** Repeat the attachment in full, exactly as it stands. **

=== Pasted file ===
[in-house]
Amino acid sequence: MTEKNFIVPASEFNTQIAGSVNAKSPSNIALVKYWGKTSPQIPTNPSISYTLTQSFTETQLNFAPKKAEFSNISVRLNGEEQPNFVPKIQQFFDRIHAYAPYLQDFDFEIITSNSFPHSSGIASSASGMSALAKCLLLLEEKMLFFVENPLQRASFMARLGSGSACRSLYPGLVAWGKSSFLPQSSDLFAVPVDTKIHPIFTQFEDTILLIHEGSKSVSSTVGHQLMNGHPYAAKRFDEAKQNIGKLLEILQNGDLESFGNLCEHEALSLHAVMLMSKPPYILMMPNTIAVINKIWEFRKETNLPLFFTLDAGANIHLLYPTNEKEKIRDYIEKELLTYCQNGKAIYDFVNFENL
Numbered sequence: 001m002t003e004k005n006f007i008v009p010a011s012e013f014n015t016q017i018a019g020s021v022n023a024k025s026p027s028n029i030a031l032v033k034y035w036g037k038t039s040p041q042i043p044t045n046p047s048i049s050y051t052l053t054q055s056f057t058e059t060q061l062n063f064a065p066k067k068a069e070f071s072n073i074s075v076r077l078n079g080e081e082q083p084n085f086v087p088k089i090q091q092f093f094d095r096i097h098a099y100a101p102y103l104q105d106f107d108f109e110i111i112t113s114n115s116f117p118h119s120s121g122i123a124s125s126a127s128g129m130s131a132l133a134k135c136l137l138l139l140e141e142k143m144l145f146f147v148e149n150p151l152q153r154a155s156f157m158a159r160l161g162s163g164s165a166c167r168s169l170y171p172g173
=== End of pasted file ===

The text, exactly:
[in-house]
Amino acid sequence: MTEKNFIVPASEFNTQIAGSVNAKSPSNIALVKYWGKTSPQIPTNPSISYTLTQSFTETQLNFAPKKAEFSNISVRLNGEEQPNFVPKIQQFFDRIHAYAPYLQDFDFEIITSNSFPHSSGIASSASGMSALAKCLLLLEEKMLFFVENPLQRASFMARLGSGSACRSLYPGLVAWGKSSFLPQSSDLFAVPVDTKIHPIFTQFEDTILLIHEGSKSVSSTVGHQLMNGHPYAAKRFDEAKQNIGKLLEILQNGDLESFGNLCEHEALSLHAVMLMSKPPYILMMPNTIAVINKIWEFRKETNLPLFFTLDAGANIHLLYPTNEKEKIRDYIEKELLTYCQNGKAIYDFVNFENL
Numbered sequence: 001m002t003e004k005n006f007i008v009p010a011s012e013f014n015t016q017i018a019g020s021v022n023a024k025s026p027s028n029i030a031l032v033k034y035w036g037k038t039s040p041q042i043p044t045n046p047s048i049s050y051t052l053t054q055s056f057t058e059t060q061l062n063f064a065p066k067k068a069e070f071s072n073i074s075v076r077l078n079g080e081e082q083p084n085f086v087p088k089i090q091q092f093f094d095r096i097h098a099y100a101p102y103l104q105d106f107d108f109e110i111i112t113s114n115s116f117p118h119s120s121g122i123a124s125s126a127s128g129m130s131a132l133a134k135c136l137l138l139l140e141e142k143m144l145f146f147v148e149n150p151l152q153r154a155s156f157m158a159r160l161g162s163g164s165a166c167r168s169l170y171p172g173